Germany and Japan killed a lot of people in the 20th century. But, maybe not as many as Stalin and Mao. America killed a lot of people too (its civilian death “notch” count numbers in multiple millions of dead, not including as many more over foreign combatants killed by American wars of selection). As for WWII, some countries, such as Poland, benefited nothing from having a prepared military. In many senses their fate was worse than that of Czechoslovakia which surrendered peacefully. And the salvation of the Poles from Germany came in the form of many decades of repressive communism. In the case of countries like Brazil or Argentina, it’s hard to tell whether the war’s outcome would have mattered very much to them one way or another (unless Hitler really was Satan and built a Death Star laser ray and took over the world using the Dark Side of the Force).
I believe that an extraterrestrial visiting the Earth would take issue with the idea that the vigilance of the American Superman (the comic book character) is all that stands between the Earth and the dominion of evil. They might even be puzzled by the idea, or find it laughable.
ET would read David Friedman, or attend a libertarian debate, and find amusement with the obsession of British and American libertarians with the question, “what about national defense”? They might remark, “Your obsession with that question is a product of your immersion in your particular cultural milieu, and it’s hard to give it much credence from a strictly factual perspective”.
ET would find the American holiday of Memorial Day very interesting. We’re remembering the lost. Are we sad they’re dead, or happy? Jesus died, to save humanity from sin, and it’s something to celebrate. This was the cultural paradigm of America until 1942. From 1945, the new paradigm became: Soldiers died, to save America and the World from evil, and it’s something to celebrate.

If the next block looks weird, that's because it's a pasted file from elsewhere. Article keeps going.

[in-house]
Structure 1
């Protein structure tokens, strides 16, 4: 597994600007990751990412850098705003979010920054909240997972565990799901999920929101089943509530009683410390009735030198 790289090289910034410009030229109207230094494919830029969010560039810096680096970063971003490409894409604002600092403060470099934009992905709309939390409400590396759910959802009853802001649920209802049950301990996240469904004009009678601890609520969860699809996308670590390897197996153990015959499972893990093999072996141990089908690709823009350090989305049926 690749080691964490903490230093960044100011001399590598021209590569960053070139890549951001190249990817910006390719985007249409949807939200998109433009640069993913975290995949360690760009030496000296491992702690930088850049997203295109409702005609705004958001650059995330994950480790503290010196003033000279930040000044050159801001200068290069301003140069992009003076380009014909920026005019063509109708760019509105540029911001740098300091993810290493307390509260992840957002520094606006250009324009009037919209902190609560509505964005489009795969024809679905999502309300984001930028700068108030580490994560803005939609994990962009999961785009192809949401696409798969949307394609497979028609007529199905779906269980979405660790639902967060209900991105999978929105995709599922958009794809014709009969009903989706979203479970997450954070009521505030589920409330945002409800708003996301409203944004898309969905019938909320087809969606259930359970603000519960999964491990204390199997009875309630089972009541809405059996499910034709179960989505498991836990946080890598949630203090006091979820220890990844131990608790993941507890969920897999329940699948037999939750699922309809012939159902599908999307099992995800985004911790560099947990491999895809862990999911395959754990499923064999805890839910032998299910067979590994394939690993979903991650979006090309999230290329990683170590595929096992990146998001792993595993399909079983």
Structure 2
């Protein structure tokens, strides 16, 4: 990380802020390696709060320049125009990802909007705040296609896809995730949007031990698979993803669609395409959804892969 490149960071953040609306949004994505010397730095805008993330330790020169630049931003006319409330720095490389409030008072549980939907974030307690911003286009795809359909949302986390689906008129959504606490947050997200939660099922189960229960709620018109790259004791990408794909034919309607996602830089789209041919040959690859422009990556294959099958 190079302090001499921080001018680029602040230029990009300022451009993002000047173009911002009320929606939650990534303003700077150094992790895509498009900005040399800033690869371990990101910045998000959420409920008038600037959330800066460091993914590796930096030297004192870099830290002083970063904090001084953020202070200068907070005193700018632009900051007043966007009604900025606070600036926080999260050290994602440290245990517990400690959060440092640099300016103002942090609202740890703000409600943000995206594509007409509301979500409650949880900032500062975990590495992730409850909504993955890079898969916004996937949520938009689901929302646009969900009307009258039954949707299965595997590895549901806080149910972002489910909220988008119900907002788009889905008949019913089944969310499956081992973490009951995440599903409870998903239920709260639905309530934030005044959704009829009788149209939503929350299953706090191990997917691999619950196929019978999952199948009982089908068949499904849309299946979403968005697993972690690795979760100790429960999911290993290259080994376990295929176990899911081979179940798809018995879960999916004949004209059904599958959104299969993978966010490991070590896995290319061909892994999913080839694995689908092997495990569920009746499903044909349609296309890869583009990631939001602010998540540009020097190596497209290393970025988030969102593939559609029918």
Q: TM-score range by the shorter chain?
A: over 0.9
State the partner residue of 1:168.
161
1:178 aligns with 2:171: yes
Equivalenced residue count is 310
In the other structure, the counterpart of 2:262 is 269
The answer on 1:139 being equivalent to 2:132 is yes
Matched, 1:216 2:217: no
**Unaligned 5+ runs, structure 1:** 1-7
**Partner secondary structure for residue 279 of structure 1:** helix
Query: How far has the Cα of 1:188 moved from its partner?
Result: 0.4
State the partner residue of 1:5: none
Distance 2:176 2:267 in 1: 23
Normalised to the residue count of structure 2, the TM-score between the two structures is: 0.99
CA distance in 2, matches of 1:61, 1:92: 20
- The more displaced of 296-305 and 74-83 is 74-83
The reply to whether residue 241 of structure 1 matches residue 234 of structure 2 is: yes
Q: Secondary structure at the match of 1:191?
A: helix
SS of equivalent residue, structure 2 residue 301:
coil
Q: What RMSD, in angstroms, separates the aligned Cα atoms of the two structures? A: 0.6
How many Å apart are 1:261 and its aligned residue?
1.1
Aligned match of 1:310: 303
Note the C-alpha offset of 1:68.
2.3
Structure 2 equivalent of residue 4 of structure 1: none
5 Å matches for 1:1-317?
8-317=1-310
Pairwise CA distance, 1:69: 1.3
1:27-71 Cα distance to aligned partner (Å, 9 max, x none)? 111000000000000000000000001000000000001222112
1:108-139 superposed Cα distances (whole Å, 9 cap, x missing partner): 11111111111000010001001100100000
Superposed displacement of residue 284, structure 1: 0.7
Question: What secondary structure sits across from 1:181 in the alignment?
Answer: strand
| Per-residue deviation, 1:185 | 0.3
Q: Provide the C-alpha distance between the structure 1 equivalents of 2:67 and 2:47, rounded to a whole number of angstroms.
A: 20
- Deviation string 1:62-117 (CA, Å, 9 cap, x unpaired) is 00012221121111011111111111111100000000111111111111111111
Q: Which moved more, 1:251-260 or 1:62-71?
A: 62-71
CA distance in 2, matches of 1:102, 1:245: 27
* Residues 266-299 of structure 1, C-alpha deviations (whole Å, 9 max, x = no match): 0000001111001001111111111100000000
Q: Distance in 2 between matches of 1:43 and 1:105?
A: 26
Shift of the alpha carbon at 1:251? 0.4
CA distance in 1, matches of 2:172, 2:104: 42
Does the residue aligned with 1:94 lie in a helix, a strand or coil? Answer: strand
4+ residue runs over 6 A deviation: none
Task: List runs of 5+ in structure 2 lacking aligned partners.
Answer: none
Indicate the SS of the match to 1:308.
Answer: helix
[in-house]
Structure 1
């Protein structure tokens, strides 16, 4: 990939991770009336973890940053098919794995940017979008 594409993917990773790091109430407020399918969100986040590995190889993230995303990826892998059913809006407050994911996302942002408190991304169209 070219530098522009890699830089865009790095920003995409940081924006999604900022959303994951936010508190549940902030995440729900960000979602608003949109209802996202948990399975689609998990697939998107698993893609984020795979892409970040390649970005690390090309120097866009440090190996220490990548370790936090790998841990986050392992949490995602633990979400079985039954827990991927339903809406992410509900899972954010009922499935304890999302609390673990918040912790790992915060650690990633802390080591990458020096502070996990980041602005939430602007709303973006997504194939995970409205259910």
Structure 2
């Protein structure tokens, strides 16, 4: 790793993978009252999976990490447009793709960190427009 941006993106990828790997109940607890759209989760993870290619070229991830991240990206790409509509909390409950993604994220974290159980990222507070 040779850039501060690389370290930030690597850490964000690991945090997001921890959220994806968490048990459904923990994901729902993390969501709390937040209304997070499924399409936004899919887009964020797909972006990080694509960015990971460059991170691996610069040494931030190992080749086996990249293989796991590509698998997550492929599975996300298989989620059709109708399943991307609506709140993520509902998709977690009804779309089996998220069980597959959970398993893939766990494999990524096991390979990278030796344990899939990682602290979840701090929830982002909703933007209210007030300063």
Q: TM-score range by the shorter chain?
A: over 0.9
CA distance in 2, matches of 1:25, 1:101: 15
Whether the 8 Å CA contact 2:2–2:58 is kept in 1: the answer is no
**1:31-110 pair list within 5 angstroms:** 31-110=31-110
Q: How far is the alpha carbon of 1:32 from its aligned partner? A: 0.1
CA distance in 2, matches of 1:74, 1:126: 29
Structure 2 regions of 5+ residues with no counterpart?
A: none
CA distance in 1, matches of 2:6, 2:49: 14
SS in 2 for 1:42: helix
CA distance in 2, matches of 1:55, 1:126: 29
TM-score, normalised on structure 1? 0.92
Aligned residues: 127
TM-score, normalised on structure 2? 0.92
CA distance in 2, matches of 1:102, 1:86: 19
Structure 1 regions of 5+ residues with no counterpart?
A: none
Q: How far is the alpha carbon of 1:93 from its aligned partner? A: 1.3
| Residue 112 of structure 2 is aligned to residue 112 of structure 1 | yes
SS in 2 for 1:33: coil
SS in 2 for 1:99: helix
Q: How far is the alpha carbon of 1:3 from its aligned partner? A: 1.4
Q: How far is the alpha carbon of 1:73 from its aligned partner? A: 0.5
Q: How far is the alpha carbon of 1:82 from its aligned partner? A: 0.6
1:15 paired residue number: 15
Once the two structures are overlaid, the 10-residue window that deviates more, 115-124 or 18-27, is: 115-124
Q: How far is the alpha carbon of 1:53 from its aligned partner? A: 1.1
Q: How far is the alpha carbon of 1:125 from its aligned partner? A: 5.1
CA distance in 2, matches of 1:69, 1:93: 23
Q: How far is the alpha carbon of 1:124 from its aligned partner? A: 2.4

Americans don’t cry over the white headstones in dozens of rows at military cemeteries. Not at least the majority, who hardly even closely know anyone who has served in the armed forces. Memorial day is the celebration of American Super-Jesus: red, white and blue with a golden S-shaped halo, flying in front of some B-52s, amidst clouds of smoke from fireworks and barbecue grills. And below this formation, in the celestial stadium seating untold millions are the victims of America’s bombs, waving pennants and swinging number 1 foam fingers, thanking America for redeeming their souls from their evil governments.
The Americans who died in war suffered an unspeakable horror. More so, those who live maimed permanently by war. Most Americans, particularly those in the Armed Forces, possess a deeply sincere belief in the necessity and goodness of America’s military causes. Reality doesn’t taint their intent in the slightest, and a due measure of respect and reverence is appropriate for Memorial Day. However, the moral reality of war and history impose upon America a duty to make painful cultural changes.
How much of Memorial Day’s spirit is an expression of the real need to sacrifice for what’s most important, and how much of Memorial Day is just idolatrous ritual, serving the civic religion of government worship?
How much of the discussion within American Libertarianism is a genuine attempt to confront real problems with “statesman like” sobriety and wisdom, and how much of the discussion is no more than playful banter within the walled confines of the garden of American culture?
As a former member of the uniformed services, and as a libertarian, I will spend Memorial Day trying to think about how the meaning and importance of the issues of war and peace, and the memory of those lost, soar above the petty cultural self-satisfaction endemic to post-war American society.